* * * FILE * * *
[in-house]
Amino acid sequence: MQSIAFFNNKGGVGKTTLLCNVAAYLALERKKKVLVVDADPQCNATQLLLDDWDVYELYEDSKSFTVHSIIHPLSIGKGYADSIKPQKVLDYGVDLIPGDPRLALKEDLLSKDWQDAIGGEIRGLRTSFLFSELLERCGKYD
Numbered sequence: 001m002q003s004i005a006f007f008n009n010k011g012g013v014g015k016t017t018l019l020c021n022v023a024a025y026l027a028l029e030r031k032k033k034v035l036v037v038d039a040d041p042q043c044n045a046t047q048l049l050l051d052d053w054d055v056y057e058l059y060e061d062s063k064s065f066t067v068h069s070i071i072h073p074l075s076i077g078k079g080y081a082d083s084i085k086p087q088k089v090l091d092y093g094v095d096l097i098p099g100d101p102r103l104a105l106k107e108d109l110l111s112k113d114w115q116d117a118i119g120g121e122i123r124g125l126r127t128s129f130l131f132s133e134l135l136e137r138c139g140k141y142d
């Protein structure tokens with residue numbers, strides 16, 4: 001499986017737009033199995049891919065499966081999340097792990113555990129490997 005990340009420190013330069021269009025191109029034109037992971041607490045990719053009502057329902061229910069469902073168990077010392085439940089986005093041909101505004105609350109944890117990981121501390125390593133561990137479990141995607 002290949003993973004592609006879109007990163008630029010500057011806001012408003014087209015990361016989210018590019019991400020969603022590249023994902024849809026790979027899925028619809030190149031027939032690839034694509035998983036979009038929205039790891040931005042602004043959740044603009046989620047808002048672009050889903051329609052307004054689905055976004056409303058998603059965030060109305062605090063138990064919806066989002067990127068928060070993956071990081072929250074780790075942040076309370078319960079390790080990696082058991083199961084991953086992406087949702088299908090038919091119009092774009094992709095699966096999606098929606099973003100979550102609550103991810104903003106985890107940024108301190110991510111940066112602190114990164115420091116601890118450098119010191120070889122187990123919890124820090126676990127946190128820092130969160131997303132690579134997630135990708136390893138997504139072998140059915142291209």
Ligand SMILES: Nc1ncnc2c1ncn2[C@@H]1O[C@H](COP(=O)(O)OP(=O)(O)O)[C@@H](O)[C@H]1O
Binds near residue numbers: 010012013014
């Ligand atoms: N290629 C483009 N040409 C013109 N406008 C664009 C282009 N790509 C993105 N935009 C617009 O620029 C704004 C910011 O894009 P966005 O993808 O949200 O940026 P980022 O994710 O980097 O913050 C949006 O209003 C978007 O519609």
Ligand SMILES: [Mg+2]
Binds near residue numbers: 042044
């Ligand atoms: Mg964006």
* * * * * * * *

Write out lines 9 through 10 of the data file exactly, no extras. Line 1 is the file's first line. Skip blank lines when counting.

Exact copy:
Binds near residue numbers: 042044
């Ligand atoms: Mg964006």